The unrest Friday in the northern industrial city of Sohar _ where the protest movement began more than six weeks ago _ suggests that high-level shakeups and other concessions by Oman's rulers still fall short of the demonstrators' demands for greater political freedoms.
In a sign of worries about more violence, military imposed a nighttime curfew in Sohar and stationed units around government offices and other key buildings.
Medical officials said a 22-year-old man died early Saturday from injuries in the clashes and at least four other protesters were wounded. The precise cause of death was not immediately known.
Authorities say they used tear gas, water cannons and rubber bullets in "self defense" after the crowds began pelting riot police with stones and brandishing knives, according to a statement by Oman's prosecutor's office.
Protesters, however, claim that police opened fire with live ammunition.
The medical officials spoke on condition of anonymity because they were not authorized to brief media.
It was the second protest-related death in Oman since unrest broke out in late February to demand more job opportunities and a greater public voice in political affairs in the tightly controlled nation. Oman's ruler, Sultan Qaboos bin Said, has replaced more than a dozen Cabinet officials and promised other reforms such as 50,000 new civil servant posts.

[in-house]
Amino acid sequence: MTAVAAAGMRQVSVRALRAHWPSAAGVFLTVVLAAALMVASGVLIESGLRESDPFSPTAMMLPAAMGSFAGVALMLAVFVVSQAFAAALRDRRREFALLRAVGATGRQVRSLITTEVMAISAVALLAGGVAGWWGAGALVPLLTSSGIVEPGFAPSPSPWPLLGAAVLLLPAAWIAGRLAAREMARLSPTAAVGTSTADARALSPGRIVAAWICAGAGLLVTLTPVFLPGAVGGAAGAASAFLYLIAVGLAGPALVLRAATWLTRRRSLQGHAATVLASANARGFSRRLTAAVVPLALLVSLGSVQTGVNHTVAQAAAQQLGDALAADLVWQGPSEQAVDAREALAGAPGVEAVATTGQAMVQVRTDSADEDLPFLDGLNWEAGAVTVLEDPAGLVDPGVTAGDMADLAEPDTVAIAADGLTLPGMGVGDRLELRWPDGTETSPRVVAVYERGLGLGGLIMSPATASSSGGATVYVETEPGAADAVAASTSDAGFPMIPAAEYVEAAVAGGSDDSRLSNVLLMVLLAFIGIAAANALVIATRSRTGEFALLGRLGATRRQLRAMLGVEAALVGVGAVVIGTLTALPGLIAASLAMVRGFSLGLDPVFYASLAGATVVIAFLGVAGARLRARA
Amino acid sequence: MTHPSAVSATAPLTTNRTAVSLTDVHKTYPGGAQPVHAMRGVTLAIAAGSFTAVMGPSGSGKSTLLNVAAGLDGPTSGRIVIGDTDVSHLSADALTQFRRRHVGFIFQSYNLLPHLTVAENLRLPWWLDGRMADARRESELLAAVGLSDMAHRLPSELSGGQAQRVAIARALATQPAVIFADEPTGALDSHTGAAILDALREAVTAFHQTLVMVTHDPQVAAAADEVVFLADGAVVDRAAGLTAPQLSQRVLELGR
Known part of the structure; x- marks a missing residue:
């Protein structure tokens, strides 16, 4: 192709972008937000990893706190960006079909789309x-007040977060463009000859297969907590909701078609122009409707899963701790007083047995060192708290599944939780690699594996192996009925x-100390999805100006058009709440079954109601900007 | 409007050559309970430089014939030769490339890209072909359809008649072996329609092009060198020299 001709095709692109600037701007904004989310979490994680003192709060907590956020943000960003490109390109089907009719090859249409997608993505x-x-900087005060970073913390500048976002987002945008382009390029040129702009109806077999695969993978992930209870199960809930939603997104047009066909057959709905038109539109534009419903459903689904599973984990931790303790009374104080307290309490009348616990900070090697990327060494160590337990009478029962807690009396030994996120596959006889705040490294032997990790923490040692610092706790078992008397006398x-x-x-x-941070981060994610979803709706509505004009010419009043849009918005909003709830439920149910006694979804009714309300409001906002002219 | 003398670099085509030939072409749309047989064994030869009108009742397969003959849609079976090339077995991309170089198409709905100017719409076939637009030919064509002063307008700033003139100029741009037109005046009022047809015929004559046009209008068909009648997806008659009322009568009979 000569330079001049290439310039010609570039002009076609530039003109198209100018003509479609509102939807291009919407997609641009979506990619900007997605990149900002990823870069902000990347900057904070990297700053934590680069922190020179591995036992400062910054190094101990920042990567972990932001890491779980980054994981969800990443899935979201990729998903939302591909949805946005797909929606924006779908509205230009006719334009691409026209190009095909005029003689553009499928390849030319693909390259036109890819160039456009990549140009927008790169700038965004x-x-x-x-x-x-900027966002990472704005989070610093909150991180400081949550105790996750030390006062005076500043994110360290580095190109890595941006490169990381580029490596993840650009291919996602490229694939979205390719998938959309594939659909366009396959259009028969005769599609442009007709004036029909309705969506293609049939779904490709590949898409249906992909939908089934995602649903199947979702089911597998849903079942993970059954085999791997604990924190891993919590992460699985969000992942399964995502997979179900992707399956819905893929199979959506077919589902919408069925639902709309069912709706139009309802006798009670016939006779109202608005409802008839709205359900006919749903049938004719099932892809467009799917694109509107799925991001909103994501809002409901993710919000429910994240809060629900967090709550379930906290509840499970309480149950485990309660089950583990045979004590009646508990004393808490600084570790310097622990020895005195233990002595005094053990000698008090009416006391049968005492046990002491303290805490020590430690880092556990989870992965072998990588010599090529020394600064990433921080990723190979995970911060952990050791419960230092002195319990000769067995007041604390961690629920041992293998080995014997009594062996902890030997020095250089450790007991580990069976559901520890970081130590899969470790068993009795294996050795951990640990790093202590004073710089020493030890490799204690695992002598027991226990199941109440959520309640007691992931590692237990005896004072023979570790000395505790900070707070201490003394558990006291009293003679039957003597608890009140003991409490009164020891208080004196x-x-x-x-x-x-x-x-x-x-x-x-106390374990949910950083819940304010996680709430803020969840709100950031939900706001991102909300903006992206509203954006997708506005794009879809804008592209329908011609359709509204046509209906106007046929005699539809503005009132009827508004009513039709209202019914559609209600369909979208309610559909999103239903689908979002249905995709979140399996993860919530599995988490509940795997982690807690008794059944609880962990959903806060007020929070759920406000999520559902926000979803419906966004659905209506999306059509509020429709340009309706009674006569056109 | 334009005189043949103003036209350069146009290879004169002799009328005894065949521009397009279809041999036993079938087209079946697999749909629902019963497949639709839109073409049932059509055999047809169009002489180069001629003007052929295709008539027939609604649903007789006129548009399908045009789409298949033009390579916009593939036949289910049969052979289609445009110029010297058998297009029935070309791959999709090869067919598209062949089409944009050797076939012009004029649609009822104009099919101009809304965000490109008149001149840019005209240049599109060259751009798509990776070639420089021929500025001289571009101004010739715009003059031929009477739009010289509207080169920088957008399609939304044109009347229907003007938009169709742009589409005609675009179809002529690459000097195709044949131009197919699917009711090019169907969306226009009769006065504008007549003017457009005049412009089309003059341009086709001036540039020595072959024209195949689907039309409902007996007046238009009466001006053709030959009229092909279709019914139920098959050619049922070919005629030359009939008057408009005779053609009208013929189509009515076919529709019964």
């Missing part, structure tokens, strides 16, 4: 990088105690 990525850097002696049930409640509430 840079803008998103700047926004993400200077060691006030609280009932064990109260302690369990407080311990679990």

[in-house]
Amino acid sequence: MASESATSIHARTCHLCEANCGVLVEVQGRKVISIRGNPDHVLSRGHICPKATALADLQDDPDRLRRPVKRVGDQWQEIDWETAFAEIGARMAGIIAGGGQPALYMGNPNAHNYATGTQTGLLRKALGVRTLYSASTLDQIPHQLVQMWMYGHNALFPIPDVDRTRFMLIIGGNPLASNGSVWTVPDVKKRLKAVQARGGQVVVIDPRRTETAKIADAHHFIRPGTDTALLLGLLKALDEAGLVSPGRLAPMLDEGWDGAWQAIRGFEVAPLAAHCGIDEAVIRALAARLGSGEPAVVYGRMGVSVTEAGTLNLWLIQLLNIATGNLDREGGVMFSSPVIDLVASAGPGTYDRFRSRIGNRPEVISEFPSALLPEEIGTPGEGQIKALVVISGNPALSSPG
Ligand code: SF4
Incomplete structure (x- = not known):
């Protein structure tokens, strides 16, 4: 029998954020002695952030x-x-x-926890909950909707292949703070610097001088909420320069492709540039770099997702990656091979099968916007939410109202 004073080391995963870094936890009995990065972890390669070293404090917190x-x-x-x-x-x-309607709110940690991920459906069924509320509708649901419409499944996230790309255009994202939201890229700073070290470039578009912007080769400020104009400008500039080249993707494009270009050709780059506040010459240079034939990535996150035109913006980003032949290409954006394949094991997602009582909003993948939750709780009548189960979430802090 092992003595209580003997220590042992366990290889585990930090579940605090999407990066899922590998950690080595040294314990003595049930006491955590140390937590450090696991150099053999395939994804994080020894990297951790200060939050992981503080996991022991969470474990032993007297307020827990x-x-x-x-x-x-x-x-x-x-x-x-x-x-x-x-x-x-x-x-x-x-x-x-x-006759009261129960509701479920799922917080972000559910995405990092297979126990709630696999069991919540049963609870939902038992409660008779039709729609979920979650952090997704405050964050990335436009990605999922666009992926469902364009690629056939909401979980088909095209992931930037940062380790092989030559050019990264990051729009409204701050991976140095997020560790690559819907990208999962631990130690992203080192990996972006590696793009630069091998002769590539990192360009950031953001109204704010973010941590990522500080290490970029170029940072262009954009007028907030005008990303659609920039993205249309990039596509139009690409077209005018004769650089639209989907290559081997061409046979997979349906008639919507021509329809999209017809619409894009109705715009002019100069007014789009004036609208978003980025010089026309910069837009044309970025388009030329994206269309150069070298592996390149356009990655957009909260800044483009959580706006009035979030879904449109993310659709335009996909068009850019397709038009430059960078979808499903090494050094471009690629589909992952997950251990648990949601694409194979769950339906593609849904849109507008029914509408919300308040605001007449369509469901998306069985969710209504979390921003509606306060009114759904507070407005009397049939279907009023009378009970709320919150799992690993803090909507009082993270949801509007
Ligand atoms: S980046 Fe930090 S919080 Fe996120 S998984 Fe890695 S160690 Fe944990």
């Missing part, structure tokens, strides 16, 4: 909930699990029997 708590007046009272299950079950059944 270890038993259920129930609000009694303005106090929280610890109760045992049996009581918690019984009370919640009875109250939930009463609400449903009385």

But it has failed to halt the wave of rallies, sit-ins and strikes to pressure for changes that include more media freedoms and weakening the ruling system's grip on power.
Protest leaders urged for more demonstrations in the capital Muscat and other cities around the country.
Oman's unrest remains limited compared with other Arab uprisings, but it is closely watched because of the country's strategic role as co-guardian of the Strait of Hormouz. Oman and Iran share authority over the crucial waterway at the mouth of the Gulf, which is the route for 40 percent of the world's oil tanker traffic.
Oman also plays an important role as a mediator between Iran and the West because of its strong ties to Tehran and Washington. Last year, Oman negotiated a $500,000 bail for the release of American Sarah Shourd from Iranian custody.
Shourd and her two U.S. companions _ who remain jailed in Tehran _ were arrested along the Iran-Iraq border in July 2009 and charged with espionage.